The cabin as it now sits at the This is the Place Heritage park.
The new sign identifies the cabin and its history in Emery County.
The project has taken much longer than originally intended as the historic Muddy Creek Post Office was removed from Emery four years ago, but the post office has been rebuilt at the This is the Place Heritage Park. The dedication of the Post Office will take place on June 20 at the park at 2 p.m. All Emery County residents are invited to attend the dedication of the cabin. Residents of Emery County will be granted free admission into the park on that day, June 20. The cabin will house a pottery-making demonstration this season. Although the removal of the house took place in October of 2004, the renovation of the post office was started Sept. 2008 and finished in May of this year. Shaun Delliskave is a descendent of Clyde Mortensen and has a real interest in the restoration of the cabin. He said, "The project has been adopted by the Home Builders Association and a number of different companies are joining forces to finish the project. They seem really excited about the opportunity to re-construct a historic building. This will be Emery County and Eastern Utah's first representation in the historic park," said Delliskave.
The cabin was one of two built by settlers Charles Johnson and Joseph Lund on Muddy Creek homesteads. While earlier arrivals had lived in "dugouts" the Lund cabin was the first log home to be built in the area. The logs were cut in a nearby canyon and hauled to the site by wagon. Each log was cut smooth on one side and the ends were grooved. The logs were placed on top of each other with the smooth side turned inward. The outside gaps were filled, or "chinked", with wood pieces and mud. The inside walls were plastered with mud, which was rubbed smooth when dried and then whitewashed.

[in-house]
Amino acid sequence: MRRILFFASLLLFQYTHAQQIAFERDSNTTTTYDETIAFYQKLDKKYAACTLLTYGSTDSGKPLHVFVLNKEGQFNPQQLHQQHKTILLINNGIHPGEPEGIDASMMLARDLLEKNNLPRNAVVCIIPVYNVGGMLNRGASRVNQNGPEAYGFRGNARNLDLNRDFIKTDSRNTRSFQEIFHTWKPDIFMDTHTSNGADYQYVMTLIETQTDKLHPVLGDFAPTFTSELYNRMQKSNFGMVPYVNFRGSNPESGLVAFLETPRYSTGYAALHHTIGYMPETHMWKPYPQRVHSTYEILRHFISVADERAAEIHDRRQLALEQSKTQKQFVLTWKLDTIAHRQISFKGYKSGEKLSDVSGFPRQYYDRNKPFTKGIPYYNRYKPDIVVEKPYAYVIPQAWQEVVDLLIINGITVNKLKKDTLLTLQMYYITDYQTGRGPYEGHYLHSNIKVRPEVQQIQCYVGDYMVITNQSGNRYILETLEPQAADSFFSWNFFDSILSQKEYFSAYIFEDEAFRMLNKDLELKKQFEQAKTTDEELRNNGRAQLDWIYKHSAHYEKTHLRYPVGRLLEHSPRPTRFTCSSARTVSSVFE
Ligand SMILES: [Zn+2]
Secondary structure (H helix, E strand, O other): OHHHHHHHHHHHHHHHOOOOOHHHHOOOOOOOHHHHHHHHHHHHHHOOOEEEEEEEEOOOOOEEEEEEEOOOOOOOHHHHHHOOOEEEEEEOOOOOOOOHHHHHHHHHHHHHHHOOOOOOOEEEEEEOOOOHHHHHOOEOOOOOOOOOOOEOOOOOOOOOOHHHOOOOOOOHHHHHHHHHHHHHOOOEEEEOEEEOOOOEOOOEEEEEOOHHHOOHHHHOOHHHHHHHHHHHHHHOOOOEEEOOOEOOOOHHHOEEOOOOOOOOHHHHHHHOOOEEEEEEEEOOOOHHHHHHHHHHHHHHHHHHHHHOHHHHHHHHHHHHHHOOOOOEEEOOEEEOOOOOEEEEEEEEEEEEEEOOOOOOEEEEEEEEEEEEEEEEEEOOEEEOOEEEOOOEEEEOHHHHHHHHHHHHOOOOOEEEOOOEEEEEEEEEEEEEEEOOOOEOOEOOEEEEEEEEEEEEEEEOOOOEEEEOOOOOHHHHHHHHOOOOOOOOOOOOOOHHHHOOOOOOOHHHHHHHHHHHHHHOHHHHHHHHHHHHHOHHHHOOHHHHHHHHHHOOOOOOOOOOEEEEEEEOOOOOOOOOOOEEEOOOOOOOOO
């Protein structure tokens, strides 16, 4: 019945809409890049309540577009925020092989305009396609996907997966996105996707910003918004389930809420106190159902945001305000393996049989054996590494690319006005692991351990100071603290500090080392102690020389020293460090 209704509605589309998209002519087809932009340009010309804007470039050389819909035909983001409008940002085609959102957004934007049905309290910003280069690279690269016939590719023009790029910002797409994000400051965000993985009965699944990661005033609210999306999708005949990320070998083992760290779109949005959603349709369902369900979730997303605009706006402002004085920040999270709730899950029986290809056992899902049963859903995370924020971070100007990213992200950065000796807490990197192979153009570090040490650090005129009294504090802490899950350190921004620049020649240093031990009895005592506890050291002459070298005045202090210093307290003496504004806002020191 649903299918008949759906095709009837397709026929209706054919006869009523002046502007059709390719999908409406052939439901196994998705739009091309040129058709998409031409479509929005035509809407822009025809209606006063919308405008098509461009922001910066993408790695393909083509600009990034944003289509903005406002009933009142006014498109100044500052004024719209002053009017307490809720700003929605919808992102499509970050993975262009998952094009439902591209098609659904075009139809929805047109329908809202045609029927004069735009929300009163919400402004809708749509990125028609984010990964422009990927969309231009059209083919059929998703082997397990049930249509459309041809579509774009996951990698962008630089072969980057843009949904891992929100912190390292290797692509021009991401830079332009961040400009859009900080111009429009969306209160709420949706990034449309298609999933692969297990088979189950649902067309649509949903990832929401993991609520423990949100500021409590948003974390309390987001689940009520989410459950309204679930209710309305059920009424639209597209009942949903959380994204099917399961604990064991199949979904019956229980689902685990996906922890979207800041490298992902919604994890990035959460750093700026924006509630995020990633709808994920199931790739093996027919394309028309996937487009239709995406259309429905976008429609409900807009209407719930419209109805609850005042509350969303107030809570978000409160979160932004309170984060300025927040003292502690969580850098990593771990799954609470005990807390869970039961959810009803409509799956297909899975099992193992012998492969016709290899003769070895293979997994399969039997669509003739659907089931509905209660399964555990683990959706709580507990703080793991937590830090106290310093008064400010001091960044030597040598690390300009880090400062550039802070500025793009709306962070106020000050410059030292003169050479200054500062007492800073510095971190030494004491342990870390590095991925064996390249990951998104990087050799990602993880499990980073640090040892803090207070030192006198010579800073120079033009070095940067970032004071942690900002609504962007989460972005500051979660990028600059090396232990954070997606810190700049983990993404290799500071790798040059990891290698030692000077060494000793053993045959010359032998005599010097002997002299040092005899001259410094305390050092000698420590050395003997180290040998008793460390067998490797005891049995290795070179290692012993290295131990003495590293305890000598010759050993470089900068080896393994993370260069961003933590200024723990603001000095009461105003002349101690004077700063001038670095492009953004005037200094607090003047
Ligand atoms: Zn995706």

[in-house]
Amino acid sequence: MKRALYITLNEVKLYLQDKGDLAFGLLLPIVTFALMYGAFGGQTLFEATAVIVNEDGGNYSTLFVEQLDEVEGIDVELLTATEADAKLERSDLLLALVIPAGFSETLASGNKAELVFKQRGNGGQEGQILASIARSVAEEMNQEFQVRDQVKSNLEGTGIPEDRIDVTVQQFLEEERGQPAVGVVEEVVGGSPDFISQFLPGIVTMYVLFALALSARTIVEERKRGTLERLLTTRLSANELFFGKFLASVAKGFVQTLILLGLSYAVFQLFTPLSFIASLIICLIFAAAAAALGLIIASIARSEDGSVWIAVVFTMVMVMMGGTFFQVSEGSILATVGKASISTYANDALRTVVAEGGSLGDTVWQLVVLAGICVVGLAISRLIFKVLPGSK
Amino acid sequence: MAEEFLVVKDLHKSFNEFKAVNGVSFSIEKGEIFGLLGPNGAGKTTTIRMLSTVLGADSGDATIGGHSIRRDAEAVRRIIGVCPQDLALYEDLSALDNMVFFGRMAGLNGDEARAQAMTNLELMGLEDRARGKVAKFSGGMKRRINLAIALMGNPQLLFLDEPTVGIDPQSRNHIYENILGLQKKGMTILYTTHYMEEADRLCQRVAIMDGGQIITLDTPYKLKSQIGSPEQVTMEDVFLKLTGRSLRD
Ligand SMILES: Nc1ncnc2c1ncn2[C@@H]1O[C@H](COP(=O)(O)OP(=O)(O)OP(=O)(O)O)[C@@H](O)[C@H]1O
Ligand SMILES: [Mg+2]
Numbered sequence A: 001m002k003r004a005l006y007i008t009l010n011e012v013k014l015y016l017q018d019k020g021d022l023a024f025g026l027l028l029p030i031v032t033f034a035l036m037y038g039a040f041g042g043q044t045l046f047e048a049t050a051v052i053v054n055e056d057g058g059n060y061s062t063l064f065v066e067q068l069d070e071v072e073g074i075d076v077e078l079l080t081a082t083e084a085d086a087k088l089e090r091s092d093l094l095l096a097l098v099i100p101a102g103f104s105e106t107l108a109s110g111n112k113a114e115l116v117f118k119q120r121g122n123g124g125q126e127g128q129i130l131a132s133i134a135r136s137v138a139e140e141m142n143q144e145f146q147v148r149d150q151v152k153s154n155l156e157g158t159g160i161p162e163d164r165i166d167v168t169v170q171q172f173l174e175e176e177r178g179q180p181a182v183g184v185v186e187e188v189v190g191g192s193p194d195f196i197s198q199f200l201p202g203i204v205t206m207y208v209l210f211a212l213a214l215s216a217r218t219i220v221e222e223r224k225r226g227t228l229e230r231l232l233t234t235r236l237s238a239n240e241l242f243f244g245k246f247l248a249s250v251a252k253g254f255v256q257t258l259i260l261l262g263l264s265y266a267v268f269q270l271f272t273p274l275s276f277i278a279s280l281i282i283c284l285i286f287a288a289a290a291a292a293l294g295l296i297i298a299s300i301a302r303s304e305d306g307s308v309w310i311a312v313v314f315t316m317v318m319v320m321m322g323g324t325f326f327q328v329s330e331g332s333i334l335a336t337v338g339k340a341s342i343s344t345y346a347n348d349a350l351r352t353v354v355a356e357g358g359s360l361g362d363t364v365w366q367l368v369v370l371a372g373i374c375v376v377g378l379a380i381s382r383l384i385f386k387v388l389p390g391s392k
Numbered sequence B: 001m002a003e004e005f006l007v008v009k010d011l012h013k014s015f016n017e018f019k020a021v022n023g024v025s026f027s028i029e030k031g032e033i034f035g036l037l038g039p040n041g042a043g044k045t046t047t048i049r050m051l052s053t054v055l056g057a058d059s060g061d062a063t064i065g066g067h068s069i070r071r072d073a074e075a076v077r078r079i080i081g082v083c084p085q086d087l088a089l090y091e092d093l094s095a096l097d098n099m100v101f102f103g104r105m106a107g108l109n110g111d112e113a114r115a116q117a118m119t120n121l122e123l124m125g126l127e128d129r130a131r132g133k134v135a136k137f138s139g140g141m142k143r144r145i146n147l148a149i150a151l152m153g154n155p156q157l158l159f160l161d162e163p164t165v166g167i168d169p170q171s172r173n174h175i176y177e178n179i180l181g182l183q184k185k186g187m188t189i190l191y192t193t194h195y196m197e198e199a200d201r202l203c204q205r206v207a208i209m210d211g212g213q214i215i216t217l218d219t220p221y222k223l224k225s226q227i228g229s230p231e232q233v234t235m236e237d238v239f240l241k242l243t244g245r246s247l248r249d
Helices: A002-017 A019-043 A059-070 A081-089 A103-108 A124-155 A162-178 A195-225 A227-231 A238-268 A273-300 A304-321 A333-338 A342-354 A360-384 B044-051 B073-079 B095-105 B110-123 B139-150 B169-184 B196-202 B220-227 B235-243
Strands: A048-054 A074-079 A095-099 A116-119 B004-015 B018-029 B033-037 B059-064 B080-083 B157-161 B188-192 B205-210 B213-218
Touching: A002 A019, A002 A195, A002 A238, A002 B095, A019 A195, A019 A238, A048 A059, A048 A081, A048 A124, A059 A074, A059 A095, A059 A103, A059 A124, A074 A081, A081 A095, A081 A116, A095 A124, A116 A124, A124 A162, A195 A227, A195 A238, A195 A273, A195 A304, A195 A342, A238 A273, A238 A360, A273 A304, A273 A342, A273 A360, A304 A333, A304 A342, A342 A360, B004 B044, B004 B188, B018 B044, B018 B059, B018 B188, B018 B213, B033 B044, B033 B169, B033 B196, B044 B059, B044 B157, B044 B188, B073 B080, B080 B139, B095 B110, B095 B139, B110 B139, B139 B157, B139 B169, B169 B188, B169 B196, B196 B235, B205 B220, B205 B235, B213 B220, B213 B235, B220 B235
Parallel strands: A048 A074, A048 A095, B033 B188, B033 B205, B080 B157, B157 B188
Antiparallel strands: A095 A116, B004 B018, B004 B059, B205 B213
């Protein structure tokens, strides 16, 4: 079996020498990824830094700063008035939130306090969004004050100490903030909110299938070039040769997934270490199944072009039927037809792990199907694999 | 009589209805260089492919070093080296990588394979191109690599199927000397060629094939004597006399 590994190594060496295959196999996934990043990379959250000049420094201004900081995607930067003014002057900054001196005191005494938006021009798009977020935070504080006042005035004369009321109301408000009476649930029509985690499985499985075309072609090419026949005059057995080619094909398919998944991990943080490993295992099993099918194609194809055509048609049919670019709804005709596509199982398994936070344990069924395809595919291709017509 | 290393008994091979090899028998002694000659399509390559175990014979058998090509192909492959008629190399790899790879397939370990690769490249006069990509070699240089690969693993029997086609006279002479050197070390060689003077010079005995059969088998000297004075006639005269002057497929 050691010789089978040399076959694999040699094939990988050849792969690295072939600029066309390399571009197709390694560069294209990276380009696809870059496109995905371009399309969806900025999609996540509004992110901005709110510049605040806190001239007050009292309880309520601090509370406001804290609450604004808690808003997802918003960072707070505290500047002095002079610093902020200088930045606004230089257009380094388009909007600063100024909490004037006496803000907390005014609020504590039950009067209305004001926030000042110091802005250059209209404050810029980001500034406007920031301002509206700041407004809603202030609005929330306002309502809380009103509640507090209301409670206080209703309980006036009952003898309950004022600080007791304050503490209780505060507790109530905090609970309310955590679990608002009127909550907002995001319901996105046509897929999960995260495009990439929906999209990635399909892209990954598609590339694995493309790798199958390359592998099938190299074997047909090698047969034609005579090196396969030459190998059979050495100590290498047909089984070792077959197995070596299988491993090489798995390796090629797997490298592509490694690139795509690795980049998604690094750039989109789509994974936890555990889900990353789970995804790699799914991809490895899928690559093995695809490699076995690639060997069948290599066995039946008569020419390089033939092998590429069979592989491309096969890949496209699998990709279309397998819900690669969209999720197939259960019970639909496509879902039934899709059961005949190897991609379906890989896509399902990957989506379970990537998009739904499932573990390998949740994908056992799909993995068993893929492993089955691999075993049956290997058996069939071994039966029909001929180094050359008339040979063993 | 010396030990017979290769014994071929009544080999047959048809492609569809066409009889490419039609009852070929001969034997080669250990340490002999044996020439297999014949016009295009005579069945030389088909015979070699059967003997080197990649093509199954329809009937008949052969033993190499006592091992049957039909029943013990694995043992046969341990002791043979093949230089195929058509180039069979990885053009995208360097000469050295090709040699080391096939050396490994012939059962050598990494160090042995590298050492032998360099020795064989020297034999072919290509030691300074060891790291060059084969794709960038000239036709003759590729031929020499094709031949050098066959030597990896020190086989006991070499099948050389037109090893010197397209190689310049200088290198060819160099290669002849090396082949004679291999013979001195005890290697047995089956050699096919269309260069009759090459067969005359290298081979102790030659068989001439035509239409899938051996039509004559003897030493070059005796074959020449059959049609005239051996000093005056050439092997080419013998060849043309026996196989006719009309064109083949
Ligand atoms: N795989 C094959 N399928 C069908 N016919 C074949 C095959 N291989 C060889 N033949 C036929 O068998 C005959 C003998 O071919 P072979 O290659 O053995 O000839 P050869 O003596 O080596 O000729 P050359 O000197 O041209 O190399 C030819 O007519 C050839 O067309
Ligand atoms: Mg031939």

When Lund moved back to Spring City, rancher Casper Christensen moved his family into the abandoned cabin. Christensen was named postmaster of the area in 1882, and his log home became the official post office of both Muddy Creek and Quitchupah. His daughter, Hannah, was the assistant postmistress.
For a time, Christensen's son-in-law, Wiley Payne Allred, also practiced medicine from the cabin. Allred was an early "herbal" doctor who provided medical care throughout the county. The cabin was built between 1879 and 1882.
Delliskave said, "The cabin was the site of the first girl born on Muddy Creek in 1883. His log cabin in 1883 became the official post office of both Muddy Creek and Quitchupah, which both consolidated to become the present town of Emery. The cabin was relocated from Muddy Creek to Emery in the 1920s and became the home of Clyde Mortensen, my grandfather, until he was able to build a larger home to fit his family. For the next 70 years, it acted as a storage facility. With the passing of my grandfather and the disposal of his estate, my family wished to preserve this historic artifact and donated it to This is The Place Heritage Park, with the idea of thousands of visitors to the park could become familiar with Emery County."